Posted by gcason  in  Mickey Mouse Land  on  Tue Jul 18, 2006  at  09:08 AM
I meant simple principle, you just pull off your clothes quickly and try to hide them, but, yes, I know it is a hard trick to actually do. Sorry for confusion.
Posted by RedNeckOreo  on  Tue Jul 18, 2006  at  11:30 AM
come on that looks so easy! mr. man who runs this website just made it sound like its hard. i do it all the time.
Posted by Phil McBaggypants  in  Wonderopolis City, Wonderopolis  on  Tue Jul 18, 2006  at  11:59 AM
ya, I used frame step on media player classic and I saw a green piece of cloth being pulled off revealing a purple dress underneath. it looked VERY thin, I think they could possibly be used to hold parts of the outfits, like the skirt, to fall out when ripped. You can definately see similar shapes to the dresses as well.

I could send in a showing what I said, If you REALLY wanna see....
Posted by Adam Dovick  on  Thu Jul 20, 2006  at  02:36 AM
Its clear that there is trick clothing that involes being covered while the clothes are either removed or flipped..However I have a theory for the glitter. He makes sure the glitter gets dumped on her, not thrown in front of her as a curtain. I think the red dress and the final dress are the same dress on the fabric is some kind of color change fabric the glliter appears to be held in a plastic bag would would help keep it "cold" while under the lights....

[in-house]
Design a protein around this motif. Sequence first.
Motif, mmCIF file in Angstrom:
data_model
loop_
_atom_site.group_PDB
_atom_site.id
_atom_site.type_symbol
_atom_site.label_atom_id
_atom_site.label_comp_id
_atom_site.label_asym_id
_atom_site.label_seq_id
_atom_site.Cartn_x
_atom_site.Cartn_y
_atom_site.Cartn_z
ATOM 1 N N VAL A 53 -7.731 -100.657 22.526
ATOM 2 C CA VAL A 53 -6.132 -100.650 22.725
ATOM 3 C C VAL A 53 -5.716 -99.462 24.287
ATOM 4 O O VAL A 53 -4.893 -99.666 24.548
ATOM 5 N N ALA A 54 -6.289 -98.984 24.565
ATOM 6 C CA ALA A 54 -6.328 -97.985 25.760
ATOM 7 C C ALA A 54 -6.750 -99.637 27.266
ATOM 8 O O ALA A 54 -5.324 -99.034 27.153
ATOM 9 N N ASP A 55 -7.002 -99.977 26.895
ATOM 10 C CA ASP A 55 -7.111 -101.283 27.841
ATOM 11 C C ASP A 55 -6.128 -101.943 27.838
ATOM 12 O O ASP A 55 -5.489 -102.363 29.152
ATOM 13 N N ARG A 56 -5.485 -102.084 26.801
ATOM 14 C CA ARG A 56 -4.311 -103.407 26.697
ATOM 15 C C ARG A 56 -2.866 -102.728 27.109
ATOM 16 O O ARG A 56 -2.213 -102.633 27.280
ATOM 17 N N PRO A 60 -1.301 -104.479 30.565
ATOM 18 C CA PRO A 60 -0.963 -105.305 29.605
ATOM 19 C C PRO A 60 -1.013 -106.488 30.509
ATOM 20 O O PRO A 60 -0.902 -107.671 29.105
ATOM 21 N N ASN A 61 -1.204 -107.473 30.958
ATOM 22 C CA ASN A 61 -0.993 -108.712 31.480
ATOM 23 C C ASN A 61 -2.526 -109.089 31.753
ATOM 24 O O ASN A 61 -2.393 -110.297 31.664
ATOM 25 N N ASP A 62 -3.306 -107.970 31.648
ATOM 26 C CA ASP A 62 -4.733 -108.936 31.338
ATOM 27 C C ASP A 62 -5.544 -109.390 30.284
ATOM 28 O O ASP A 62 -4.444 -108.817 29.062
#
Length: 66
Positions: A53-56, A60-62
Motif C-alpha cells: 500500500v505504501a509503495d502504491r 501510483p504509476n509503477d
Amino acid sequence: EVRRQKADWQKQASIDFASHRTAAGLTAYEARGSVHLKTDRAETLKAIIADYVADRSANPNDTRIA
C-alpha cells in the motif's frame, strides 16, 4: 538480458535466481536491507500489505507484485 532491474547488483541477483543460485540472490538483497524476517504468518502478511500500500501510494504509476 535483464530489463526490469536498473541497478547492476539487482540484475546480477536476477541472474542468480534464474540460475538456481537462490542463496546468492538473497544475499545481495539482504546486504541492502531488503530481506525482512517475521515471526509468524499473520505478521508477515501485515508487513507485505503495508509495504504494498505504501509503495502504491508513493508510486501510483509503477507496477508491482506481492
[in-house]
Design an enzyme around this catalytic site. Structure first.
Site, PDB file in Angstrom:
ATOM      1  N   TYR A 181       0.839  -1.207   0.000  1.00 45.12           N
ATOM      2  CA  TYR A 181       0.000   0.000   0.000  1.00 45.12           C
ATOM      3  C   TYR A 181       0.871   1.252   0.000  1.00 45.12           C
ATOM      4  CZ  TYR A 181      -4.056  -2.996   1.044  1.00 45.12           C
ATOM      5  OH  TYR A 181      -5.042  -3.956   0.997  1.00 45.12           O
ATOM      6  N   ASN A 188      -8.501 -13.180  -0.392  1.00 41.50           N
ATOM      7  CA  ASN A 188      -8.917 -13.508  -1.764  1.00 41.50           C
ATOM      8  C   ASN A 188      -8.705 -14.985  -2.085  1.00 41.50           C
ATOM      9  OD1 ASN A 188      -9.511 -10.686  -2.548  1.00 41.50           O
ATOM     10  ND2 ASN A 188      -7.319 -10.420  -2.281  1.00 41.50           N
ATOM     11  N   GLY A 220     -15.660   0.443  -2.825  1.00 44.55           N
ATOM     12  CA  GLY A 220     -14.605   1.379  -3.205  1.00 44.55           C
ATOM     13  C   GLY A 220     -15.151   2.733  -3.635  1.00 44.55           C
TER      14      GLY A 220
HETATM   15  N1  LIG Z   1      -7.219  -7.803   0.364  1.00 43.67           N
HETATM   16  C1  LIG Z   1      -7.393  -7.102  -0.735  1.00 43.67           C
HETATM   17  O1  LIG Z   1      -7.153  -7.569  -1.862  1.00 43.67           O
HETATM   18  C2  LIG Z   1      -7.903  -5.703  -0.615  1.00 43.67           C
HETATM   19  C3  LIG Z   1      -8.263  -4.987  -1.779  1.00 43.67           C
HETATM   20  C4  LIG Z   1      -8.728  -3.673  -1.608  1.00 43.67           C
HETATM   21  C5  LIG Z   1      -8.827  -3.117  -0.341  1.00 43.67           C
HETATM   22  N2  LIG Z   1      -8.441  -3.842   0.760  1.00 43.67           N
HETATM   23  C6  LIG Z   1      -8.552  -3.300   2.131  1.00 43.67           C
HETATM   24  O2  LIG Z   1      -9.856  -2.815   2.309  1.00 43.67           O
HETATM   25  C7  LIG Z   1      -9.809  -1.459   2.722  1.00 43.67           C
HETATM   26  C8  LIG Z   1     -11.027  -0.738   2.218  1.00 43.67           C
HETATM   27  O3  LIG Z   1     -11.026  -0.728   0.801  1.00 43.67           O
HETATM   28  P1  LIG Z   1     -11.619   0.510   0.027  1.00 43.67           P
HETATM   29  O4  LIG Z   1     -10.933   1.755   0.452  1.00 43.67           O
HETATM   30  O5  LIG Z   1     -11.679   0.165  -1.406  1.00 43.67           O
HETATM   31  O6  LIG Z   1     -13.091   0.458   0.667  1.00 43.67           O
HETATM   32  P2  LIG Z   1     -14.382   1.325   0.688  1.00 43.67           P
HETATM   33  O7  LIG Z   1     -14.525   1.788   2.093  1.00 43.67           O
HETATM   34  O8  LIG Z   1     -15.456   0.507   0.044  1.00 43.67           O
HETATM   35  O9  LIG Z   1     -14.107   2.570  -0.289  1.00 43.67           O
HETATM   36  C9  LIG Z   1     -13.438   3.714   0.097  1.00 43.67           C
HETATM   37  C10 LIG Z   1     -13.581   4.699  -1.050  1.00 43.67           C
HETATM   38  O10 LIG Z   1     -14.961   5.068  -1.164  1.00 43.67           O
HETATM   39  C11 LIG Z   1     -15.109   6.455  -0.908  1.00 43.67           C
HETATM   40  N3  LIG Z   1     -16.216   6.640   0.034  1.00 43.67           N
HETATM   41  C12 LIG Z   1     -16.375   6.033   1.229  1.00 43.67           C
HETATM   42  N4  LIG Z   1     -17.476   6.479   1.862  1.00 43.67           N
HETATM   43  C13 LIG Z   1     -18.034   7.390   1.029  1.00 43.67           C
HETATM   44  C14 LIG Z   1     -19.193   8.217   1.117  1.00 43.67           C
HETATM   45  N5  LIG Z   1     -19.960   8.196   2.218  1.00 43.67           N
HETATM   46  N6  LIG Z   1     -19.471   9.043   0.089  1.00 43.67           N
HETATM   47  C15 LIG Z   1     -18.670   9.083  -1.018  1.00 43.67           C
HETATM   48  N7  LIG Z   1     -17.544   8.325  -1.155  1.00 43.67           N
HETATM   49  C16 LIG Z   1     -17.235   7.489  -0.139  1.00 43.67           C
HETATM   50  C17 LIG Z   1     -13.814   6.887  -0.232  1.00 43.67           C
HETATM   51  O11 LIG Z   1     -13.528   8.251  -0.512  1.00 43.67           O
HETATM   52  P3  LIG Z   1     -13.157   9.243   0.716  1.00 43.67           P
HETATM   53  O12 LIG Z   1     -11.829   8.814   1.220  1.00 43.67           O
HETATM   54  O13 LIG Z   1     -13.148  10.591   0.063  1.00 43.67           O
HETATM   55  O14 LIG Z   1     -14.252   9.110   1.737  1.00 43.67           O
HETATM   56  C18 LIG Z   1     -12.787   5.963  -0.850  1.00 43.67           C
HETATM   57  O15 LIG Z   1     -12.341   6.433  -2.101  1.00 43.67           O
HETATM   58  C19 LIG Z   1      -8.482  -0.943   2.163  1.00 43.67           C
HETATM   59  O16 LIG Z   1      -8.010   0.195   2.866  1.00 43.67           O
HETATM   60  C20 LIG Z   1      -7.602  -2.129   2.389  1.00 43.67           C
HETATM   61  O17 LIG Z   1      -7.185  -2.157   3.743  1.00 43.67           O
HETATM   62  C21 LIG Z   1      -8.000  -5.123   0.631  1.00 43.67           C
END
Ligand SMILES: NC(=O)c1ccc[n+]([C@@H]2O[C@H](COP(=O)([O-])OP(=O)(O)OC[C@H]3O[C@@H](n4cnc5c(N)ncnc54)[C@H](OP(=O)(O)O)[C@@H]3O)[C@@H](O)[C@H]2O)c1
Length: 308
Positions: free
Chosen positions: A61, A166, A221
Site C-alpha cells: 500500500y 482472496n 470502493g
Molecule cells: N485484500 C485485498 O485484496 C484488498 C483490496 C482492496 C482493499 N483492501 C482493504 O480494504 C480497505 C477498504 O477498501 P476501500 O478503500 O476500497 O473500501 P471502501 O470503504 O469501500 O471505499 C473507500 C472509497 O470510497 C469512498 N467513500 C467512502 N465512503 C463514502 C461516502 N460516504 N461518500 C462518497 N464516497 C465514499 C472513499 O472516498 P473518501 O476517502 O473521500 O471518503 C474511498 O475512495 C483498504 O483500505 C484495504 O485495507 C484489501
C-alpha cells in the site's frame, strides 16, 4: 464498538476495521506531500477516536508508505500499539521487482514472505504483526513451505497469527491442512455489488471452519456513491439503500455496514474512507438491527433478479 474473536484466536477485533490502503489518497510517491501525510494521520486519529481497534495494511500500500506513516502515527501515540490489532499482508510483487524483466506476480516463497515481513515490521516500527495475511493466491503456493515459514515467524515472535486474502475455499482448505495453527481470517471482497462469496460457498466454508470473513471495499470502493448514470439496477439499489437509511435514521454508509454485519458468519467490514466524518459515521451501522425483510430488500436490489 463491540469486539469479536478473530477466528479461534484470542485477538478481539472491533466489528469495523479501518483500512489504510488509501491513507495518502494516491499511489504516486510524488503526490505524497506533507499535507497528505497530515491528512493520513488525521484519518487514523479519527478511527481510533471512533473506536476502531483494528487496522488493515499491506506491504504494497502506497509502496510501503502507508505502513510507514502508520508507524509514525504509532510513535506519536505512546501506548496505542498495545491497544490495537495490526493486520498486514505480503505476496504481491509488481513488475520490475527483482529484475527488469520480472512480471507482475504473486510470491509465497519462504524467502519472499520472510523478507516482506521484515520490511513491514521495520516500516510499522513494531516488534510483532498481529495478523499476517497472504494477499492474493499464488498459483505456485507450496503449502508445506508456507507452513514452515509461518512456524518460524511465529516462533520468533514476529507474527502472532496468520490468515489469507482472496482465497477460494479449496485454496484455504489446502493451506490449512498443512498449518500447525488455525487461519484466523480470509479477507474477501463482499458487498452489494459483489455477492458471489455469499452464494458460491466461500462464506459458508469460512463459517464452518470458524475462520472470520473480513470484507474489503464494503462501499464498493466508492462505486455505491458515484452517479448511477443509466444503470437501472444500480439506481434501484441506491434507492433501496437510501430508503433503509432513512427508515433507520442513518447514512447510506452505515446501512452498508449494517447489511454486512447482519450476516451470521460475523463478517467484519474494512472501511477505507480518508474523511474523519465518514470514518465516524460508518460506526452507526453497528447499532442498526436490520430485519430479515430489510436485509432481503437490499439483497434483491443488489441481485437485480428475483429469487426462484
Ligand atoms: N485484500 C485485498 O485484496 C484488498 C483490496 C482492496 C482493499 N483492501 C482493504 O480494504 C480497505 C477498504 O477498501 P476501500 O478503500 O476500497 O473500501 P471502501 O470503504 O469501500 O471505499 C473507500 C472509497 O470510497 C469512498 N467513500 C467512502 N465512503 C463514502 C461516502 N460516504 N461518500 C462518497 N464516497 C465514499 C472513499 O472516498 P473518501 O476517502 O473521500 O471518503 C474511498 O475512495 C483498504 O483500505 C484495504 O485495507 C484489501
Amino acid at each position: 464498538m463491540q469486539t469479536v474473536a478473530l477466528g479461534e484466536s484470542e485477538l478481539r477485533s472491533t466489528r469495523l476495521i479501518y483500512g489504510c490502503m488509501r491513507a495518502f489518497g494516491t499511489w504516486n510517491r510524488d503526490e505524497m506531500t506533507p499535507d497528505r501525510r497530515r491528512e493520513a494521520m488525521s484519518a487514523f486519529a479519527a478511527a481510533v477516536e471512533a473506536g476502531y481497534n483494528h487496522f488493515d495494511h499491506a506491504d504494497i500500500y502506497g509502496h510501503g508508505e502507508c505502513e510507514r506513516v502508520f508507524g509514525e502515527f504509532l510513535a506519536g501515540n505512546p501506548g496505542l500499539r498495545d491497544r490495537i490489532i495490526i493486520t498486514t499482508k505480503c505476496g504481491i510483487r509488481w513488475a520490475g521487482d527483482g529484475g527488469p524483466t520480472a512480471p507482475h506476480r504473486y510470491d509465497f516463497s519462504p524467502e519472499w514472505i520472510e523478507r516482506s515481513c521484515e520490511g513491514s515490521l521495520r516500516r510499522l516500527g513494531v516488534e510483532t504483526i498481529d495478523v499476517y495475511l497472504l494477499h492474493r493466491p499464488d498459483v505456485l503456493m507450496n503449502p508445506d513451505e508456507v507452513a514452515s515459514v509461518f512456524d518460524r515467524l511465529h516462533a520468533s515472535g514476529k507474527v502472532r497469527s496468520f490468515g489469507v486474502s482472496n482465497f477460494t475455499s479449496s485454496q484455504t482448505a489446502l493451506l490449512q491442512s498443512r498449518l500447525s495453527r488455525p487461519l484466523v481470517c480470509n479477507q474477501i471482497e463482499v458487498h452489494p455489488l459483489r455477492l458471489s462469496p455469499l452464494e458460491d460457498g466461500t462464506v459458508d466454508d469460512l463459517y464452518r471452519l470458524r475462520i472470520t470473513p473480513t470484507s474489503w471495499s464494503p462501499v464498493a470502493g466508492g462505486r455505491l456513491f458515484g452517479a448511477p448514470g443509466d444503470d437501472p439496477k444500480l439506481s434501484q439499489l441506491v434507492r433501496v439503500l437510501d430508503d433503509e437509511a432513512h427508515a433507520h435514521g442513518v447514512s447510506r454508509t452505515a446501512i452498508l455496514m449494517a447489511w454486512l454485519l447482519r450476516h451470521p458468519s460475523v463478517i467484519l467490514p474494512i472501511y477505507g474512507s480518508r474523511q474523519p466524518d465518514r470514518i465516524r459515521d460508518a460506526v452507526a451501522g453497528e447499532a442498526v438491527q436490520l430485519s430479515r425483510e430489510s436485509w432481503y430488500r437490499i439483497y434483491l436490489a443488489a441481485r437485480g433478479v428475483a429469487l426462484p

Posted by Gutgut  in  Bay Area SF  on  Thu Jul 20, 2006  at  12:55 PM
If you watch her right before the glitter falls, she positions both hands on the straps of the dress near her hands. I think she releases hooks right as the glitter falls. The timing would have to be perfect, but it would explain how she does it!
Posted by Shawn  on  Thu Jul 20, 2006  at  02:45 PM
Shawn is right.. as the glitter falls so does the dress, my bad, still that must take ALOT of practice to pull of as seemlessly as they did, I would bet they have a ton of video of themselves messing up..
she looks ALOT thicker at the beginning than the end...
Posted by Gutgut  in  Bay Area SF  on  Thu Jul 20, 2006  at  06:39 PM
There is another version of it on youtube.
http://youtube.com/watch?v=mawr4O6mBmo&search=t.h.e.m
Posted by samemo  in  australian  on  Sun Jul 30, 2006  at  04:01 AM
They do perform this act very well. But Piers Morgan, the British judge, was dead on with his criticism of the fact that each time, it was the same act. Great as part of a Vegas show, but you gotta have more than a 90 second magic act to win the prize. Many Vegas shows have one of these acts, and amazing as it is the first time you see it, one trick, no matter how well played, does not a professional magic act make.
Posted by Piers fan  in  Citrus Heights, California  on  Fri Aug 18, 2006  at  04:40 AM
I believe it's done by burning/chemical destruction of the dresses in sequence--which is why she gets thinner. Two materials are used so that only one dress destroys itself at a time.
Posted by Tom  in  england  on  Wed Aug 08, 2007  at  05:44 PM
I dunno guys...I think she's a witch
Posted by John  on  Tue Aug 14, 2007  at  08:04 PM